In Four to Doomsday, during one of Tegan’s tantrums, he told her point blank to shut up! He was often very sarcastic with Adric and trying to keep his temper in check with Tegan in general. A few times during the story, you could tell he wanted to throttle them both. The internal conflict here wasn’t handled quite as deftly as during the Hartnell era, but I suppose a TARDIS with the Doctor and Nyssa sitting around reading or chatting about science might have been a bit too serene. This was mostly loud and chaotic. 

One wonders if at some point, he fantasized about finding another tall radio tower. 

At the end of Season 19, after the conclusion of Earthshock, he conveniently sidesteps the possibility of saving Adric, even though last minute rescues before imminent destruction are kinda SOP by now (except when someone’s JUST GOTTA GO!). At the end of Time Flight, the Doctor then utilizes the confusion at Heathrow to leave with Nyssa, stranding Tegan. Coincidence, or the first good night’s sleep the Doctor got in ages?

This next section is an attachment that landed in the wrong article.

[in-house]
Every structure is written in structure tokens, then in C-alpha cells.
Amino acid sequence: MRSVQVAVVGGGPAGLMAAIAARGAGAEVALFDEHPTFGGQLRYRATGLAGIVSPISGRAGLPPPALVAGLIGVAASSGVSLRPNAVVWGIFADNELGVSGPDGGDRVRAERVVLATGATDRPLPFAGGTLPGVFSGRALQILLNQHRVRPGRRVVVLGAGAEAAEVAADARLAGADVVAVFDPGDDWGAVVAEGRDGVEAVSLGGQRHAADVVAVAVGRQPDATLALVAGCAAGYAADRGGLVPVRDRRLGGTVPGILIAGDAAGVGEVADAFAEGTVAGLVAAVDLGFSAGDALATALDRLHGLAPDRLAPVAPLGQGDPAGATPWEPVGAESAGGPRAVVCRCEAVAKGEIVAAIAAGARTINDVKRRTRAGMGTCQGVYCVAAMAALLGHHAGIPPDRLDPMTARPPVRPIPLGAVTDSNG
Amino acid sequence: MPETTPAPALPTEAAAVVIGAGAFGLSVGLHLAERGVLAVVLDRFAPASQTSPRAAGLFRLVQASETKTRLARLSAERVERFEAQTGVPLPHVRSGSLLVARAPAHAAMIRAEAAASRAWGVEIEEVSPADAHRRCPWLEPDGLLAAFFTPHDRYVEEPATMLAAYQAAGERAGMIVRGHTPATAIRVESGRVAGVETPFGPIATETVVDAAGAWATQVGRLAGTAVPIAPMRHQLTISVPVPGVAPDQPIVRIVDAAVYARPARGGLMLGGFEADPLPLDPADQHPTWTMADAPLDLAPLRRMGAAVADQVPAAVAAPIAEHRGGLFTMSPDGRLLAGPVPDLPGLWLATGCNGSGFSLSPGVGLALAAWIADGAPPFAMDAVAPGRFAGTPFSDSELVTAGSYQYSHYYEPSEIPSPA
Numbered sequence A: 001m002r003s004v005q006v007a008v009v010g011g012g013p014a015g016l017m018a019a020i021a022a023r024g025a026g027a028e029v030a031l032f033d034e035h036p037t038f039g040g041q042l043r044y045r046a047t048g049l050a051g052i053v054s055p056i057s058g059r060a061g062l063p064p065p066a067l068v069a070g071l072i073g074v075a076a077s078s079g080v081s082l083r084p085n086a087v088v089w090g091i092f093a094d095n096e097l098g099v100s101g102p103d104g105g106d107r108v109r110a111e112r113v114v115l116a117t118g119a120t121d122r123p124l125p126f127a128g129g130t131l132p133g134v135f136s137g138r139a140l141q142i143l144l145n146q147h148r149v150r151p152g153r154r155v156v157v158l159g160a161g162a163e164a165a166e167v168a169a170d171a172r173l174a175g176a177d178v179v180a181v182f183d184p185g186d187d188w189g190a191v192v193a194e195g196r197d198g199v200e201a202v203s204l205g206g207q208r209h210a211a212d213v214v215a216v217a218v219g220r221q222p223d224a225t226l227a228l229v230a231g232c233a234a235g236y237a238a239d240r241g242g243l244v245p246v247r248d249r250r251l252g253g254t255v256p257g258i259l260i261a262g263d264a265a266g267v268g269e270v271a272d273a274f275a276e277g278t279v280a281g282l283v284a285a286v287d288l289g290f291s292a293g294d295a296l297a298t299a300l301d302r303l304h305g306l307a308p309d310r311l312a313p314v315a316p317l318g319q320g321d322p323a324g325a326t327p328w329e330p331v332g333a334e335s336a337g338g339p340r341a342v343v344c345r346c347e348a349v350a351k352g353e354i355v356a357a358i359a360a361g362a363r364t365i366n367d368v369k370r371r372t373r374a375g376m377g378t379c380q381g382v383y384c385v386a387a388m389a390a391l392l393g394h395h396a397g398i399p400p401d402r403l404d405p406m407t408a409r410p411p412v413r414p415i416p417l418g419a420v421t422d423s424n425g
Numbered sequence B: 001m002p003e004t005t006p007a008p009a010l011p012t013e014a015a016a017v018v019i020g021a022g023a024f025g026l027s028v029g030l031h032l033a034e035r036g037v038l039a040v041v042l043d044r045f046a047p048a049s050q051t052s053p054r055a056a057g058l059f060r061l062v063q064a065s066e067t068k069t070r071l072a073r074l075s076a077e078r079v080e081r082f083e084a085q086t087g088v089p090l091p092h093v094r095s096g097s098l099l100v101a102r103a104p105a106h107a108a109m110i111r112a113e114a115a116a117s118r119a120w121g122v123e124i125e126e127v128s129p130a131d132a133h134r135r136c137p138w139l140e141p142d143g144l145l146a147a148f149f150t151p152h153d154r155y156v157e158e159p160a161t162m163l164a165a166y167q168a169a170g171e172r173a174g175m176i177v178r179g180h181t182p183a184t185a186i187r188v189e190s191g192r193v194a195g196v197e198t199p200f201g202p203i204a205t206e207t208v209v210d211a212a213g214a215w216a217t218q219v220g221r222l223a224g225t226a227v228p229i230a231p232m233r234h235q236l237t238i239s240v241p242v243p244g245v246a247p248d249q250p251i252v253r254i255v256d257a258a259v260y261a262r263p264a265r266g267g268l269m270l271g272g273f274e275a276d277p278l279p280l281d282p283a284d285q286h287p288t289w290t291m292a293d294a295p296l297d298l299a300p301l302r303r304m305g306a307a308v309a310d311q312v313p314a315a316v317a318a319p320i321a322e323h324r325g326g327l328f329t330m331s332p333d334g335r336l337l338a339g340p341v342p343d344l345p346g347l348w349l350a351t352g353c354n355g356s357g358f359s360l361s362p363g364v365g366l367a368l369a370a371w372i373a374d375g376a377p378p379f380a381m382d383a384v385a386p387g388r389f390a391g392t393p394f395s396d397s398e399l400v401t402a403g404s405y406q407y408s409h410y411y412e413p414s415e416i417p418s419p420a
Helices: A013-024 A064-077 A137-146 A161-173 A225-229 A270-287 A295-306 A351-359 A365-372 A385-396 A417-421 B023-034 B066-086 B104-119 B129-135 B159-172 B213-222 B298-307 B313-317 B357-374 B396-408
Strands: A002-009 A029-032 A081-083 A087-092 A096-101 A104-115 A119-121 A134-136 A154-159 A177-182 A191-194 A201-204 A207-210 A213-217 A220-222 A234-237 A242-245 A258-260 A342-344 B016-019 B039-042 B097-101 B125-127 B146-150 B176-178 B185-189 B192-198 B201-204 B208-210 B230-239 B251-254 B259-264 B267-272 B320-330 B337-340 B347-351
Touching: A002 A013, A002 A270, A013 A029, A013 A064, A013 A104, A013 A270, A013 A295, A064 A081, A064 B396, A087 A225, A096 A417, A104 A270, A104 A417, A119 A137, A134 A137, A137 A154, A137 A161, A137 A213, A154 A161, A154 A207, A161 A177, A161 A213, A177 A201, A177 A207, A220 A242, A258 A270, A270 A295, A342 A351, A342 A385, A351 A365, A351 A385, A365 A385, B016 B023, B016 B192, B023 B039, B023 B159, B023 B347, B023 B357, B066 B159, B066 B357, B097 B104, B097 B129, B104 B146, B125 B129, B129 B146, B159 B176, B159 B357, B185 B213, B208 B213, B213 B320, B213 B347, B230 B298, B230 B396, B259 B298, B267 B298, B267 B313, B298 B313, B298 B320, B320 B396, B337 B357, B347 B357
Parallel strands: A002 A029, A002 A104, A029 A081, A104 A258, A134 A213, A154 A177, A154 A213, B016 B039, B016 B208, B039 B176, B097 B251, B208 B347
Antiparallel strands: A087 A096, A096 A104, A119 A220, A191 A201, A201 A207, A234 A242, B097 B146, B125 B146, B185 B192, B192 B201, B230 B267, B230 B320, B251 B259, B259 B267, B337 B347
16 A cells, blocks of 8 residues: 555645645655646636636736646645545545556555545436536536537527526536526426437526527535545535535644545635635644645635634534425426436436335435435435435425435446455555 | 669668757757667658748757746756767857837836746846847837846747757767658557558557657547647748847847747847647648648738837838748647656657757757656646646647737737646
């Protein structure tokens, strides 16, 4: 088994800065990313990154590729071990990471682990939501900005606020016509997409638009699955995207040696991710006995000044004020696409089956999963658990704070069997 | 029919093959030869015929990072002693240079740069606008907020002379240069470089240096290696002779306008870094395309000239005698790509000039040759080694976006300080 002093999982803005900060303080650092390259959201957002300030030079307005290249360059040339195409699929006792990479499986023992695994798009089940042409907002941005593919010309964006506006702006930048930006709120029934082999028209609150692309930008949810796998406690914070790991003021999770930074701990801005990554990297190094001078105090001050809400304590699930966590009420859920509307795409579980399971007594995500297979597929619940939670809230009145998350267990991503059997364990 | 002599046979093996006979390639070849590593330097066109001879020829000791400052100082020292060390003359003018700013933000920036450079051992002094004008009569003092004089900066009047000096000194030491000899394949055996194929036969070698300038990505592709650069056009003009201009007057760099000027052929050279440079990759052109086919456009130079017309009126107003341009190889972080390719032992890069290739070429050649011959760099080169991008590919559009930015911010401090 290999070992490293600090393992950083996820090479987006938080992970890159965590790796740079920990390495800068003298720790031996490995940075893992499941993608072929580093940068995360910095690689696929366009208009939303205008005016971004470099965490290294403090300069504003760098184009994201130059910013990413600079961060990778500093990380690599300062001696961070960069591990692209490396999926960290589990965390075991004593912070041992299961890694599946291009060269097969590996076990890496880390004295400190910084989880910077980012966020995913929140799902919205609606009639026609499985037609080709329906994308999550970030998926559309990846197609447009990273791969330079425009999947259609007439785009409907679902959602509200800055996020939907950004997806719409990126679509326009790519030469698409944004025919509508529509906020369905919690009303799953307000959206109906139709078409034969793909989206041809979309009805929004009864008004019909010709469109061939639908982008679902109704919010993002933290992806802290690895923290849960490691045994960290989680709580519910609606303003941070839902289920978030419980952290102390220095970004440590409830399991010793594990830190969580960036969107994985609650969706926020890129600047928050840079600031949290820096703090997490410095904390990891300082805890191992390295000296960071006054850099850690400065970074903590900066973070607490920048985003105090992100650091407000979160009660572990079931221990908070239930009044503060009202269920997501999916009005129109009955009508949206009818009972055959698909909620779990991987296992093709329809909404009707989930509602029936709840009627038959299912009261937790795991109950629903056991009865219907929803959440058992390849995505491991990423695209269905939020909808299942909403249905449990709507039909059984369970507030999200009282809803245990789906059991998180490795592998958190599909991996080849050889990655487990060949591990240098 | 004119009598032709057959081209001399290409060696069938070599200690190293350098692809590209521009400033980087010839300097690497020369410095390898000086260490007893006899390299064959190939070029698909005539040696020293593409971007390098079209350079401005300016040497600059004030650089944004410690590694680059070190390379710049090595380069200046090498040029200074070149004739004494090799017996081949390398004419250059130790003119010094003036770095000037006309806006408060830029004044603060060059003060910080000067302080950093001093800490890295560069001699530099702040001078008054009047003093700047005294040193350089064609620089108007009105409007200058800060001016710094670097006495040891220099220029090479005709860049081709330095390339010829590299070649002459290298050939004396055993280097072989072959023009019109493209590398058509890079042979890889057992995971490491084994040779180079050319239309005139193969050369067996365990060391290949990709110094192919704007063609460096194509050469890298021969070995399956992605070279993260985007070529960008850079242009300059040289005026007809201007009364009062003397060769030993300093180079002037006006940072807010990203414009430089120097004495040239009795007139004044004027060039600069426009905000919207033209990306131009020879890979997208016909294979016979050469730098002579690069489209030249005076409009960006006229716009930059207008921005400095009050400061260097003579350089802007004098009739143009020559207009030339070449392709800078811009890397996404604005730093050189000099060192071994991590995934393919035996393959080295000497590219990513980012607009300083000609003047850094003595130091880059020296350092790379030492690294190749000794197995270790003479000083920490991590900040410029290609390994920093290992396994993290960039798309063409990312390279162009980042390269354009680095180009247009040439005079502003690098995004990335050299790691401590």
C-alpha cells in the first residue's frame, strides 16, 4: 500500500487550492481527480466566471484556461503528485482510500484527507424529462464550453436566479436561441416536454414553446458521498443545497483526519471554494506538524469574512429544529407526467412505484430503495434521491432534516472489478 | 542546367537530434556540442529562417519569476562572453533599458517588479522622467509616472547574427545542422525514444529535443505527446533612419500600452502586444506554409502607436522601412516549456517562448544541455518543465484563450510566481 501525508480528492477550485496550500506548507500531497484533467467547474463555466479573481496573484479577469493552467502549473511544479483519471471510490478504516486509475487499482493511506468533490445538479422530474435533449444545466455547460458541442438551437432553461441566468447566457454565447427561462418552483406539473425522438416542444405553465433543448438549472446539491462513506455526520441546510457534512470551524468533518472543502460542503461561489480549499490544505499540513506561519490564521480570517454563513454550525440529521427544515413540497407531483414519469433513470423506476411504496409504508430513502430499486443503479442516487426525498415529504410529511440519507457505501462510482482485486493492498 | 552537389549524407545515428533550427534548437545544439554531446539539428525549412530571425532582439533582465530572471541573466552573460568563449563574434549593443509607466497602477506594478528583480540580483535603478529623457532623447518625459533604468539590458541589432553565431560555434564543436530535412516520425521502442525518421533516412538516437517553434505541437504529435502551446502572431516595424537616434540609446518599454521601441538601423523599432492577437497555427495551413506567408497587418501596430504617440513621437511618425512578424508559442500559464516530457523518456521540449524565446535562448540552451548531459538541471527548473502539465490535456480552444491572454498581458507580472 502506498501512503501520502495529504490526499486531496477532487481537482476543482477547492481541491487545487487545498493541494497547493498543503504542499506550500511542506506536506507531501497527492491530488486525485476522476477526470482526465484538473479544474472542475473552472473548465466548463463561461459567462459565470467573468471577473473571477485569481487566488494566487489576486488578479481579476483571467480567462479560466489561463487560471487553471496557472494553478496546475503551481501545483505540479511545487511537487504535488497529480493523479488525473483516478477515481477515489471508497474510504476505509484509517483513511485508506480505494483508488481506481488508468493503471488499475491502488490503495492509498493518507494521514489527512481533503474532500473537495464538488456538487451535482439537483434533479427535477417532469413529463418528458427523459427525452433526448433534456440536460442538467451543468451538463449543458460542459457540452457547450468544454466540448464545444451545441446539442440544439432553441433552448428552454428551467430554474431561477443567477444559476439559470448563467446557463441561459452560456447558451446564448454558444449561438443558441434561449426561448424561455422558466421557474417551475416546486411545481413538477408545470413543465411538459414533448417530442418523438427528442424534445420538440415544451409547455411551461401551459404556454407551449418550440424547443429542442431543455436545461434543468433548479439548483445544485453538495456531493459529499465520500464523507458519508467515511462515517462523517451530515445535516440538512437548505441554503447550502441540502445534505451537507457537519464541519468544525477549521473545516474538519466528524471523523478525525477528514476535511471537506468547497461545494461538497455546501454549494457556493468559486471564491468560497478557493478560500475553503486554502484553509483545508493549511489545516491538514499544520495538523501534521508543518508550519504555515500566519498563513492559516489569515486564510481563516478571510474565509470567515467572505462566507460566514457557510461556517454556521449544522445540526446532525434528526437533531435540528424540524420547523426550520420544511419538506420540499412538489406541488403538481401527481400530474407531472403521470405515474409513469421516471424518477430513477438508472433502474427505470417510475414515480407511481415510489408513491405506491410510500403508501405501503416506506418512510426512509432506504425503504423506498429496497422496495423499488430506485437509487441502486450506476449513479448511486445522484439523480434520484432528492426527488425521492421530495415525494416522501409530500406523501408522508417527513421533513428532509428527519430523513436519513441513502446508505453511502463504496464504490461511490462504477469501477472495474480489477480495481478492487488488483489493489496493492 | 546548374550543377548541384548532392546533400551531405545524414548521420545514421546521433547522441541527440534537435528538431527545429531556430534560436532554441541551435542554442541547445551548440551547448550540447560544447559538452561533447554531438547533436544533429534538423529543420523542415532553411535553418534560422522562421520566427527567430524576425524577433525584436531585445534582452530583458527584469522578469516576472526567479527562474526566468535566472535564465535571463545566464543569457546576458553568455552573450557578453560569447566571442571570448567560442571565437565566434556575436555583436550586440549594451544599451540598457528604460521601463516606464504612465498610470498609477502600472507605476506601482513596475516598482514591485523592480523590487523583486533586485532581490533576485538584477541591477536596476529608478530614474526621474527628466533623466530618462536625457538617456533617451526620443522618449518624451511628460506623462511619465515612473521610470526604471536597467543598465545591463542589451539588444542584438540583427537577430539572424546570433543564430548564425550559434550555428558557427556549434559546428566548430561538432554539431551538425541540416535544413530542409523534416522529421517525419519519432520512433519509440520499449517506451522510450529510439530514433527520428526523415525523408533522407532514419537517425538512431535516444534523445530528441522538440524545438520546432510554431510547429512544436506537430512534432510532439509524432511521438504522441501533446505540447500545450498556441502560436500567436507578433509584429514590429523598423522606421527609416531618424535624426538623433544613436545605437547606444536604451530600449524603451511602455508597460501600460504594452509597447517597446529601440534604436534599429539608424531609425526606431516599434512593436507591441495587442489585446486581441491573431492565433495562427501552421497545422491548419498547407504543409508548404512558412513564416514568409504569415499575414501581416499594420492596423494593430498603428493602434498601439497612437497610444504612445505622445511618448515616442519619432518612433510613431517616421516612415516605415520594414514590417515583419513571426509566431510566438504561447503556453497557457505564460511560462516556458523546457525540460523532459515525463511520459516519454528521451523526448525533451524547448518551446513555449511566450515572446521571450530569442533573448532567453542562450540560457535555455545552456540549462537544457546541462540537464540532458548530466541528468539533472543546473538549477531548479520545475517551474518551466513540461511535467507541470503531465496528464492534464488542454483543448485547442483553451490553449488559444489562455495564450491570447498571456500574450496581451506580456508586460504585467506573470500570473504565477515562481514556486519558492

There are even a few parallels between this Peter Davison TARDIS team and the Jodie Whittaker “fam”. The quality of casting for one (Chibnall actually gets a gold star for Bradley Walsh as Graham though). Some might have thrived under different writers. Anything’s possible. 

Then there’s the “too many companions for the average writer” complaint. This is perhaps down to substandard producers and writers. If you’re not capable of coming up with stories for your entire TARDIS team, don’t make the team so big in the first place! Verity Lambert and her team managed a four person Hartnell TARDIS team quite nicely, and they had about 40 weeks a year to fill.